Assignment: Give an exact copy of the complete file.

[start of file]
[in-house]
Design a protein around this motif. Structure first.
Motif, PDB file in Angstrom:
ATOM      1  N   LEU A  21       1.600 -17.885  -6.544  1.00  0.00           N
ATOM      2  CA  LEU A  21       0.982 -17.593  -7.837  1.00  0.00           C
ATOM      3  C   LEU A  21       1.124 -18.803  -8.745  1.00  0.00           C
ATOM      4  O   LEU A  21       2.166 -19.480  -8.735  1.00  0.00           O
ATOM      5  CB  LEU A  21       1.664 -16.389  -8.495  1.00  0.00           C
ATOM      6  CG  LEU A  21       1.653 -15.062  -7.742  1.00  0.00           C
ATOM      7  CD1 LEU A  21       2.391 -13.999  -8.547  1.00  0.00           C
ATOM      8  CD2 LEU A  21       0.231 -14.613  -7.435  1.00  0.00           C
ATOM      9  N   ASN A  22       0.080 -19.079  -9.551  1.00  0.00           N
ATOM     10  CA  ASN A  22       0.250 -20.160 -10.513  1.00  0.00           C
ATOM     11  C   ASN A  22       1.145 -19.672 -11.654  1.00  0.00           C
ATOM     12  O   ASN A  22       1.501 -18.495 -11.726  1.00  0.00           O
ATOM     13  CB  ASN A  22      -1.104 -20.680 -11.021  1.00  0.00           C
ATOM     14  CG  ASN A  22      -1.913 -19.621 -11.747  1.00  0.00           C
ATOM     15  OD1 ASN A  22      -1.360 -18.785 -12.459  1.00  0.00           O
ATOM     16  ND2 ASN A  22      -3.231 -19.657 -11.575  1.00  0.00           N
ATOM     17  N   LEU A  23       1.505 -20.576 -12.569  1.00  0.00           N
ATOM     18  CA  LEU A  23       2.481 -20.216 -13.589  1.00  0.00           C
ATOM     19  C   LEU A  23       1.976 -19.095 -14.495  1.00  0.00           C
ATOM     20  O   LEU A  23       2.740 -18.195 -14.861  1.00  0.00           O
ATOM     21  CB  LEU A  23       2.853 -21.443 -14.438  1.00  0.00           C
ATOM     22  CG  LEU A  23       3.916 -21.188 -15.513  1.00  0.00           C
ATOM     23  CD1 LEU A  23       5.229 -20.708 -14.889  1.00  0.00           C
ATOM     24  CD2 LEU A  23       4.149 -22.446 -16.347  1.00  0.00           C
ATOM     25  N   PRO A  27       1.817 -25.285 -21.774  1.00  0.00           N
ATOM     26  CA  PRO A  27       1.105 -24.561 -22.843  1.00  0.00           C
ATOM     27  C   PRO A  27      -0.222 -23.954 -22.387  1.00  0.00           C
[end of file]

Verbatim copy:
[in-house]
Design a protein around this motif. Structure first.
Motif, PDB file in Angstrom:
ATOM      1  N   LEU A  21       1.600 -17.885  -6.544  1.00  0.00           N
ATOM      2  CA  LEU A  21       0.982 -17.593  -7.837  1.00  0.00           C
ATOM      3  C   LEU A  21       1.124 -18.803  -8.745  1.00  0.00           C
ATOM      4  O   LEU A  21       2.166 -19.480  -8.735  1.00  0.00           O
ATOM      5  CB  LEU A  21       1.664 -16.389  -8.495  1.00  0.00           C
ATOM      6  CG  LEU A  21       1.653 -15.062  -7.742  1.00  0.00           C
ATOM      7  CD1 LEU A  21       2.391 -13.999  -8.547  1.00  0.00           C
ATOM      8  CD2 LEU A  21       0.231 -14.613  -7.435  1.00  0.00           C
ATOM      9  N   ASN A  22       0.080 -19.079  -9.551  1.00  0.00           N
ATOM     10  CA  ASN A  22       0.250 -20.160 -10.513  1.00  0.00           C
ATOM     11  C   ASN A  22       1.145 -19.672 -11.654  1.00  0.00           C
ATOM     12  O   ASN A  22       1.501 -18.495 -11.726  1.00  0.00           O
ATOM     13  CB  ASN A  22      -1.104 -20.680 -11.021  1.00  0.00           C
ATOM     14  CG  ASN A  22      -1.913 -19.621 -11.747  1.00  0.00           C
ATOM     15  OD1 ASN A  22      -1.360 -18.785 -12.459  1.00  0.00           O
ATOM     16  ND2 ASN A  22      -3.231 -19.657 -11.575  1.00  0.00           N
ATOM     17  N   LEU A  23       1.505 -20.576 -12.569  1.00  0.00           N
ATOM     18  CA  LEU A  23       2.481 -20.216 -13.589  1.00  0.00           C
ATOM     19  C   LEU A  23       1.976 -19.095 -14.495  1.00  0.00           C
ATOM     20  O   LEU A  23       2.740 -18.195 -14.861  1.00  0.00           O
ATOM     21  CB  LEU A  23       2.853 -21.443 -14.438  1.00  0.00           C
ATOM     22  CG  LEU A  23       3.916 -21.188 -15.513  1.00  0.00           C
ATOM     23  CD1 LEU A  23       5.229 -20.708 -14.889  1.00  0.00           C
ATOM     24  CD2 LEU A  23       4.149 -22.446 -16.347  1.00  0.00           C
ATOM     25  N   PRO A  27       1.817 -25.285 -21.774  1.00  0.00           N
ATOM     26  CA  PRO A  27       1.105 -24.561 -22.843  1.00  0.00           C
ATOM     27  C   PRO A  27      -0.222 -23.954 -22.387  1.00  0.00           C